I picked up blinding and crippling student loans, partly because of misinformation about the possibilities in my first chosen career, but not sure I'd feel comfortable dropping my error on the taxpayer. Yeah, I was duped and cheated out of big bucks and years of my life. But am I less responsible for that than Joe taxpayer?

If the upshot is that you make produce enough more over your lifetime to pay off the difference, are you really dumping it on Joe tax payer, or is Joe just paying back a similar debt on his part for what it cost to get his feet on the ground?
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Pete at Home
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If I pay it off, then I've fulfilled my duty.
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G2
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quote:
Originally posted by OpsanusTau:
quote:
You certainly don't have to go into debt to get a college degree. You do have to be serious about it and pick low cost options, save up first, hunt for the scholarships, live with your parents, go to a community college your first year or two, work 20 hours a week, 60 a week during the summer and on breaks, etc.

This is perhaps another incidence of upper-class myopia and 20/20 hindsight. Being able to save up first, being able to live with your parents, having a community college that's worth going to in your area - these are things that not everybody has.
So because not everybody has it everyone should get a bail out? Everyone has choices to make. Anyone can go to college if they want and they can do it with little or no debt. Grants, scholarships, part time school while working, GI Bill, roommates to share cost, more than a few of these can be gotten by anyone that wants it. Sure, it may take a little longer but that's part of the choices we have to make.

quote:
Originally posted by OpsanusTau:
Moreover, it's easy to say that kids should know better than to go into debt to fund their education. But in point of fact, often every reliable source of advice a high school senior has is telling him or her that going to college is the best way to make a good living later, that the debt is acceptable because of increased future earnings.
If the people who are in authority over you and whom you trust - your parents, your counselors, your whole society - tells you things that flat aren't true, do you really need to be punished five or six years later when you try to fix the mistakes you made because you believed them?

Yeah, it's called personal responsibility. Telling someone that getting a degree and taking on debt to do it is a good idea is true - look at the average salaries for degreed professionals. Taking that advice to rack up $80K in debt for a liberal arts degree that leads to little more than a minimum wage job is not a good idea. There is a difference between these two and college students know it.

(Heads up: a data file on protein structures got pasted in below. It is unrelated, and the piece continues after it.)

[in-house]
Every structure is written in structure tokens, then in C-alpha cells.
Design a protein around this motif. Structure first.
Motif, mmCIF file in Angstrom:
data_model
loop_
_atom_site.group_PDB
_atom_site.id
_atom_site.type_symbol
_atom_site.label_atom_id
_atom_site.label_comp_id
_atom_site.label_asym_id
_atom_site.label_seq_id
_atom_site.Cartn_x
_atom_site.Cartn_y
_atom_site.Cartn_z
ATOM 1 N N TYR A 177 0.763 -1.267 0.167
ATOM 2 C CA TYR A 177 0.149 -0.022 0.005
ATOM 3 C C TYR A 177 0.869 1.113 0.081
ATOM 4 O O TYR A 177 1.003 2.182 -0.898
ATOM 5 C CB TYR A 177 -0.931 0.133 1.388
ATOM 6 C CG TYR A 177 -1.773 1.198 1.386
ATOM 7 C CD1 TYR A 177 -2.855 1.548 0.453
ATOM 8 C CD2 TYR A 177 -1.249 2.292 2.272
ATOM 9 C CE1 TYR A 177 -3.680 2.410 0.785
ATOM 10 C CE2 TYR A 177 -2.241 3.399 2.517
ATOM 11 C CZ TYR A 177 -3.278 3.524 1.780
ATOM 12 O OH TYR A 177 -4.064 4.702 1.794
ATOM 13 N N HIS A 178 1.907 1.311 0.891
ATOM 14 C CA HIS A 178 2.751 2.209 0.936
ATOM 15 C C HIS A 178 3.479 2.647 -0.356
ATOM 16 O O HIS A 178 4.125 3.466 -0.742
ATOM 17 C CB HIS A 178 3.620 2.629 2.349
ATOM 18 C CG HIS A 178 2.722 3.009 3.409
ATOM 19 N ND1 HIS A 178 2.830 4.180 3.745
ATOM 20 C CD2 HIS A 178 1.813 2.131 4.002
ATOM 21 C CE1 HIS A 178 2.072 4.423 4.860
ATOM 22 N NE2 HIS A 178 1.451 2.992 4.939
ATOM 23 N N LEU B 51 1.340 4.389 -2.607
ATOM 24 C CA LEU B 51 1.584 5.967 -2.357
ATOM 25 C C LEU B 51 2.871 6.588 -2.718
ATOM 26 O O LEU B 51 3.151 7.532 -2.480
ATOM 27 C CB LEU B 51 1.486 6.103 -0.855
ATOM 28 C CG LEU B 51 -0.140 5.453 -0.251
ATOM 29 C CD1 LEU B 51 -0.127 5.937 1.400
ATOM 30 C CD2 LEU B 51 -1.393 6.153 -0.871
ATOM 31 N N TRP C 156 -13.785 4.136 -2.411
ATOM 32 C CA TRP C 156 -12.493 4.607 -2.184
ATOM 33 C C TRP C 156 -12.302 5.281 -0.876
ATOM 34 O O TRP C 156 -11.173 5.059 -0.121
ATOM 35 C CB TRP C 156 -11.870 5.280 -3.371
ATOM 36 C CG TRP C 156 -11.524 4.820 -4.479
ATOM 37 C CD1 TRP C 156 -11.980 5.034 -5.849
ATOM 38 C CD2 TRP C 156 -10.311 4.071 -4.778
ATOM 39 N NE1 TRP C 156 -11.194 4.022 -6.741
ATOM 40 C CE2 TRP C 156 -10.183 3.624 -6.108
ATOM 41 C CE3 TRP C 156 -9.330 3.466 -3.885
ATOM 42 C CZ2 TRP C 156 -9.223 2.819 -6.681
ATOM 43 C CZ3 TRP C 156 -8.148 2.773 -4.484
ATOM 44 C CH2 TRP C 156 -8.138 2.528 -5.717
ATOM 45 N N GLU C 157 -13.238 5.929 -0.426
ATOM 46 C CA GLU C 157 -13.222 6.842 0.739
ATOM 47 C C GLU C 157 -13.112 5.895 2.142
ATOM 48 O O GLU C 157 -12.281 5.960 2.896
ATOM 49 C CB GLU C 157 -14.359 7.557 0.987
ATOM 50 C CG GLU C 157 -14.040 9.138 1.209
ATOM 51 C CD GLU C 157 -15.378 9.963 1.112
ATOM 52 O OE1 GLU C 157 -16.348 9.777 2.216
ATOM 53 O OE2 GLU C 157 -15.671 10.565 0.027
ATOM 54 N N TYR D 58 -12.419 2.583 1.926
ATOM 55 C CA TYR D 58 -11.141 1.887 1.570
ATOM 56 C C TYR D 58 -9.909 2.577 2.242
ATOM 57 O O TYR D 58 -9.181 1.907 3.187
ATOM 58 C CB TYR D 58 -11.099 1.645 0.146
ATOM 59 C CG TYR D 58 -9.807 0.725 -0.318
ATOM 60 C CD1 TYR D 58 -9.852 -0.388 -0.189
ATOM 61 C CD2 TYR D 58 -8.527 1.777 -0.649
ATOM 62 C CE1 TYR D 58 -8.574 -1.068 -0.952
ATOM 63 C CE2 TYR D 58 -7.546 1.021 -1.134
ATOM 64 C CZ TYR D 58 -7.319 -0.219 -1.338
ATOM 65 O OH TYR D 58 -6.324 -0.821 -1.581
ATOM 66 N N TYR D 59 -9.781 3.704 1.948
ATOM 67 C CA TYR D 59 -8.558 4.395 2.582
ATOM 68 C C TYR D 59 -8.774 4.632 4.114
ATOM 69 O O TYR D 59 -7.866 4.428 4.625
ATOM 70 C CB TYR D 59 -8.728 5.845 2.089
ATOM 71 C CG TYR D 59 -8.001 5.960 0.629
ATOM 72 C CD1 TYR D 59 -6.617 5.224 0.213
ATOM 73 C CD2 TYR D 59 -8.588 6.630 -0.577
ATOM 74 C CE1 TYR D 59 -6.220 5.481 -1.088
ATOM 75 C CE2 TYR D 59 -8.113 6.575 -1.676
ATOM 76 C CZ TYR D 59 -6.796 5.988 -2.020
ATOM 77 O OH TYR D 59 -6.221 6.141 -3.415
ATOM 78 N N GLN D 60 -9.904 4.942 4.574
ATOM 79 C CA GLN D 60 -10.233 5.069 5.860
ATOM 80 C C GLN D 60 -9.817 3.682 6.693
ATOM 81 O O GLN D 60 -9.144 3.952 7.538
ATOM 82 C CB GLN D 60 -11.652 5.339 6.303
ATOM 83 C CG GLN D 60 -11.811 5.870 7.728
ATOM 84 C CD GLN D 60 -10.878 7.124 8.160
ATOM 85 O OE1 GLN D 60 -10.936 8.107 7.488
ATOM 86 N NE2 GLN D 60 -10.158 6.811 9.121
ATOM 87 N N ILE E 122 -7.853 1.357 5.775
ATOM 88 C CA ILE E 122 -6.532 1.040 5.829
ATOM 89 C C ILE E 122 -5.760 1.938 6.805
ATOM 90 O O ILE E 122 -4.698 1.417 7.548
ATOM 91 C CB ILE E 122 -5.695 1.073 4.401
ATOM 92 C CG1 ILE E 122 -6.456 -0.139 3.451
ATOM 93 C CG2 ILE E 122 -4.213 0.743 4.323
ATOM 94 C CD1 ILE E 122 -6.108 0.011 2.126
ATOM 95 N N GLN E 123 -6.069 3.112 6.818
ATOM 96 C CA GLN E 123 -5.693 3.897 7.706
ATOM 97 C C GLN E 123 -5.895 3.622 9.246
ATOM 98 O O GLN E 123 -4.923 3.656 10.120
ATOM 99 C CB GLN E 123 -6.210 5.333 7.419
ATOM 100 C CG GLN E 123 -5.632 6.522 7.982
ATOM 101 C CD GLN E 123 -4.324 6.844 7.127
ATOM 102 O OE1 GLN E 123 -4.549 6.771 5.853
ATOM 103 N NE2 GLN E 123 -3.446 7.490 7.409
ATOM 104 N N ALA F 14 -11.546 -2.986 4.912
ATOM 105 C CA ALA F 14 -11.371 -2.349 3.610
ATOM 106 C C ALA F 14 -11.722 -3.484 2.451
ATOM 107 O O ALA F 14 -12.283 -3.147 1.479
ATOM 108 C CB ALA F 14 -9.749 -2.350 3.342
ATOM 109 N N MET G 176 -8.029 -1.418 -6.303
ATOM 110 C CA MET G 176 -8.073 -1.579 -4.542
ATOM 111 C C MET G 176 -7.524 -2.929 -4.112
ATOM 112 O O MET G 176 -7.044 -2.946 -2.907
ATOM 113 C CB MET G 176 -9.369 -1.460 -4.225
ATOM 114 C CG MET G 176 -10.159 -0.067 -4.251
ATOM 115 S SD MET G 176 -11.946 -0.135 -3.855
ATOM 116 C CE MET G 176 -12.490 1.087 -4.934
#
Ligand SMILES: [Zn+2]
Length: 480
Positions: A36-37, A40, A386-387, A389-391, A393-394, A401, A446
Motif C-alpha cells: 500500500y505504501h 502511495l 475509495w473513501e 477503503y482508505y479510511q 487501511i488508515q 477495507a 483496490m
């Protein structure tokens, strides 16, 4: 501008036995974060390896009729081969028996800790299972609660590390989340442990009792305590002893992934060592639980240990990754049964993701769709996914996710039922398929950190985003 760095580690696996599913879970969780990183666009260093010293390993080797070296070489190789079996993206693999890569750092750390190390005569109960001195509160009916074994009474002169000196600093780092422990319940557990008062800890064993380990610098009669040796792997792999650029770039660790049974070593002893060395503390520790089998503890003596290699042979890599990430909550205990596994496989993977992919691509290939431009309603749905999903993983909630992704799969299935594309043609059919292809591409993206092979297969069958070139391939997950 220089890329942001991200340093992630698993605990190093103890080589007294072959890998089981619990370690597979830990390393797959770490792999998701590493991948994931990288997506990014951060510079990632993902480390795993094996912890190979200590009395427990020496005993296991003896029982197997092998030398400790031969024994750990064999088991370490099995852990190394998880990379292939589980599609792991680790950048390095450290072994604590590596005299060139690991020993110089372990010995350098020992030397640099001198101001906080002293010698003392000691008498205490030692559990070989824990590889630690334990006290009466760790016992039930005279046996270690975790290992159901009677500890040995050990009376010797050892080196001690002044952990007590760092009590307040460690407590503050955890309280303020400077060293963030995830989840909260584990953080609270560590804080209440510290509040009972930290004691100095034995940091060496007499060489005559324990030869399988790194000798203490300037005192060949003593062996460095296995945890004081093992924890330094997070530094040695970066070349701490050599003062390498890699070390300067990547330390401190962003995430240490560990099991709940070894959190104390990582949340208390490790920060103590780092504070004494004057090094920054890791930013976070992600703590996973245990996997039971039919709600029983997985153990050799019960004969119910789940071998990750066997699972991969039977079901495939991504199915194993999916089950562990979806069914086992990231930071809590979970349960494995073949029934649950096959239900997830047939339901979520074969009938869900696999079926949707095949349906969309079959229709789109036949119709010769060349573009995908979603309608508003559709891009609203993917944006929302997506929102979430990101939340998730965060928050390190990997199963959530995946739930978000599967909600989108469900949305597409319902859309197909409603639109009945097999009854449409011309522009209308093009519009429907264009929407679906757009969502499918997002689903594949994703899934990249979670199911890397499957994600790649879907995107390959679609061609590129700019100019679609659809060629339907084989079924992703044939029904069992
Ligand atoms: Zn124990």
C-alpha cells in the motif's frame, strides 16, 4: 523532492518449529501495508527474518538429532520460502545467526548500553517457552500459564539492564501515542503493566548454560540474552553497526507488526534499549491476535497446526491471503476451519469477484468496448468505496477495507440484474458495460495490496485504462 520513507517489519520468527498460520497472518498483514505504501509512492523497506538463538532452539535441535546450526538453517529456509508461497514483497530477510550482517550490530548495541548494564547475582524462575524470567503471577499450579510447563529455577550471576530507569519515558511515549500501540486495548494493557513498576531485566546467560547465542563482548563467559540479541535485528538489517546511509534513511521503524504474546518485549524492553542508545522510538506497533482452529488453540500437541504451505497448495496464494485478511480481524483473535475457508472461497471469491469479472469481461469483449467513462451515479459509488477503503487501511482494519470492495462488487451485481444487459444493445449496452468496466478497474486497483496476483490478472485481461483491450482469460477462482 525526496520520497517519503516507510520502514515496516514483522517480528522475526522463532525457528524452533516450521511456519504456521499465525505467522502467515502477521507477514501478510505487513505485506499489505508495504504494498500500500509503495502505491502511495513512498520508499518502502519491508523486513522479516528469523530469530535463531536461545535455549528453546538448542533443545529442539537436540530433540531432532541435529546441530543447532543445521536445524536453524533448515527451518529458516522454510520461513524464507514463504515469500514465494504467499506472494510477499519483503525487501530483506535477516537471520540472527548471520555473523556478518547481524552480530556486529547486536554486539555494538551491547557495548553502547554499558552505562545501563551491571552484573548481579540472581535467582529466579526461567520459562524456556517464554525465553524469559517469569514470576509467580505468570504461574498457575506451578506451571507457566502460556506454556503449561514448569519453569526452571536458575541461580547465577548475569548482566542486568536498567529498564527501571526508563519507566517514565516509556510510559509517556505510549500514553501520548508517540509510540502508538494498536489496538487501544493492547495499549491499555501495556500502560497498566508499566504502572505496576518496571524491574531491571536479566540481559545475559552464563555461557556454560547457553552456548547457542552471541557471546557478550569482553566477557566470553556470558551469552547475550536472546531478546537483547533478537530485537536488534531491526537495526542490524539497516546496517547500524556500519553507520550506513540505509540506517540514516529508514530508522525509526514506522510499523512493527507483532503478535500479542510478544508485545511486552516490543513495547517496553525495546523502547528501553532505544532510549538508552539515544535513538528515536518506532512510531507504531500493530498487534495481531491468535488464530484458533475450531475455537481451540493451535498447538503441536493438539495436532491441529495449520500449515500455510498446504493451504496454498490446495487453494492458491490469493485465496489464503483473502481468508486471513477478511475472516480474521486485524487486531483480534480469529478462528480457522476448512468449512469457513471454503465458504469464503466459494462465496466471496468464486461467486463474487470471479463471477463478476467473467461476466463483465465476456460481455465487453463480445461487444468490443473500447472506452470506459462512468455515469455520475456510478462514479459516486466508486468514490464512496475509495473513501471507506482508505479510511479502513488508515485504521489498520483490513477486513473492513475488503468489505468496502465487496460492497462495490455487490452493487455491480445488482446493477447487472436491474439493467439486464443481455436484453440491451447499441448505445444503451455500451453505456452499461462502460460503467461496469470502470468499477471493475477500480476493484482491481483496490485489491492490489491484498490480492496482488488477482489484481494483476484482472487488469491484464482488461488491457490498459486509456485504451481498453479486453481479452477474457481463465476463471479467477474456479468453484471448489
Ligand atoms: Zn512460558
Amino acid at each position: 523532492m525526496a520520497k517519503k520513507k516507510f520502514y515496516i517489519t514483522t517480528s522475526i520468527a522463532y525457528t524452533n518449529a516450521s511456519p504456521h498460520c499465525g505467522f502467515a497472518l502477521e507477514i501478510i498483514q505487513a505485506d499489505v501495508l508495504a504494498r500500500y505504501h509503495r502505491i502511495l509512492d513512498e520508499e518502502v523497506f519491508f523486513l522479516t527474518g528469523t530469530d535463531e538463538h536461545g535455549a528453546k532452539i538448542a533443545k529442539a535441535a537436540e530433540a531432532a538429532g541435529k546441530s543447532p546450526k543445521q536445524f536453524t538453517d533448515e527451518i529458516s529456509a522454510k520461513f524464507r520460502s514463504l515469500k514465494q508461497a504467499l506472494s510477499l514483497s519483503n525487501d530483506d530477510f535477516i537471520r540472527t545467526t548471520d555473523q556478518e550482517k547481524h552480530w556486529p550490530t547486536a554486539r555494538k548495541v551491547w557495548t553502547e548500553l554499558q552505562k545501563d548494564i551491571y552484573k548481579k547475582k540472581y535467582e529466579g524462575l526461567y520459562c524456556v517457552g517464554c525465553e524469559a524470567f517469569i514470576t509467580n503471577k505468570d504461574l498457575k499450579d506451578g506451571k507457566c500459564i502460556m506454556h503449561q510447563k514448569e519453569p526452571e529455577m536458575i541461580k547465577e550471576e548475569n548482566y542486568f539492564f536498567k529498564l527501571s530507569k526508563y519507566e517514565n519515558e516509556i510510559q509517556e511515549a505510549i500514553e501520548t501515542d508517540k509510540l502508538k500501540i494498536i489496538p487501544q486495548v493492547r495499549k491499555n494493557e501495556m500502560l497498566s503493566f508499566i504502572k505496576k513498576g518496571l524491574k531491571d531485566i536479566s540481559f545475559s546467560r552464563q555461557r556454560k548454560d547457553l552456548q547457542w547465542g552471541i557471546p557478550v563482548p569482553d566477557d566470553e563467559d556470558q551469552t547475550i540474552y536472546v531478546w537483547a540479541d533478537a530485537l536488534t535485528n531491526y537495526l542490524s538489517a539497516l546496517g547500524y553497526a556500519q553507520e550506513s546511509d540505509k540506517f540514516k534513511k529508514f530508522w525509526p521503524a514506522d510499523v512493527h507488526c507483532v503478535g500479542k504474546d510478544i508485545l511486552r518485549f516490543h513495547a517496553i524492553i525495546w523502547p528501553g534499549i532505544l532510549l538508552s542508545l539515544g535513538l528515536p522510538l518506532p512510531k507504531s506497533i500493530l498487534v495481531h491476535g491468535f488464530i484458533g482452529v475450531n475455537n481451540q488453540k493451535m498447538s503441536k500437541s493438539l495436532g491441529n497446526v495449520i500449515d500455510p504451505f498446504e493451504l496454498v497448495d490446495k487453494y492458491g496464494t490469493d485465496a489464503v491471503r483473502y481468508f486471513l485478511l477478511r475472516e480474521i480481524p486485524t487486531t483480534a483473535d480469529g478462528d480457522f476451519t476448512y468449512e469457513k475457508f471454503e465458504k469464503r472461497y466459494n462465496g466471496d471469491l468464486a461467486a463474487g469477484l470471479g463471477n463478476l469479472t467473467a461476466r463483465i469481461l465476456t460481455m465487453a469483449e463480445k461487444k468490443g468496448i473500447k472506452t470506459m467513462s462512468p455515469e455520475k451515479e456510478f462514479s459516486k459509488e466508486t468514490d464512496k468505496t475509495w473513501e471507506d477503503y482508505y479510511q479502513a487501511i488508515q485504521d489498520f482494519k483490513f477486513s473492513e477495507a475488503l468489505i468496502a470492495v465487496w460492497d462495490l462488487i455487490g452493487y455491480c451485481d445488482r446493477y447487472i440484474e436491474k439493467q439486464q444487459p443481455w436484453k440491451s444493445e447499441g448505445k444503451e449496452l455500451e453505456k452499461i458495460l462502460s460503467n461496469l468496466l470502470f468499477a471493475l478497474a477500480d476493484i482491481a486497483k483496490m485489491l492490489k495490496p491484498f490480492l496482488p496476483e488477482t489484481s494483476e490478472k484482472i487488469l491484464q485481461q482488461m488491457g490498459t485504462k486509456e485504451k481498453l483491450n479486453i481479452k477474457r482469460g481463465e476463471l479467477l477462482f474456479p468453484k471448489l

quote:
Originally posted by OpsanusTau:
Besides, our society needs skilled laborers way more than we need another useless schmuck with a degree in economics or literature or history from Podunk State. We, society, were the ones who started telling kids that college is the Way To Go; this was dumb, and we deserve what we get if we have to pay some money to turn those useless degrees into the skilled labor we badly need.

Do you have kids? Want do you want them to be? A white collar professional or a blue collar hourly wage slave? They may make a good loving in the latter but what do the odds tell us will be more successful/lucrative path?
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G2
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quote:
Originally posted by Pyrtolin:
quote:
Originally posted by G2:
quote:
Originally posted by Pyrtolin:
No, I want to out our collective wealth to economically beneficial use.

No, you want someone else's collective wealth to be put to, what is in your limited opinion, economically beneficial use. As you've just shown, there's is no Pyrtolin in this "our" of which you speak.
I'm perfectly fin with excluding anyone who is not profiting from our shared economic system from having to pay the price that it takes to maintain and increase that profitability. You don't get to cash out your chips here just because you've come out ahead of the game.
As you've shown, you're excluding yourself from paying. You think the game will be rigged where only those *you* define as having "come out ahead of the game" will pay. You couch all this in a collectivist framework because you believe you won't have to pay.
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msquared
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G2

There are other options besides white collar working and factory wage slave.

How about a plumber who owns his own shop? The local mechanic? The guy who runs his own HVAC business? All of these jobs require technical skill but are not white collar. And all can make good money.

msquared

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JWatts
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"Factory wage slave" is not a phrase relevant to many/any American factory workers. It's the kind of terminology used by someone that has never worked in a factory and really has no idea about the issue.
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kenmeer livermaile
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Yeesh, JW.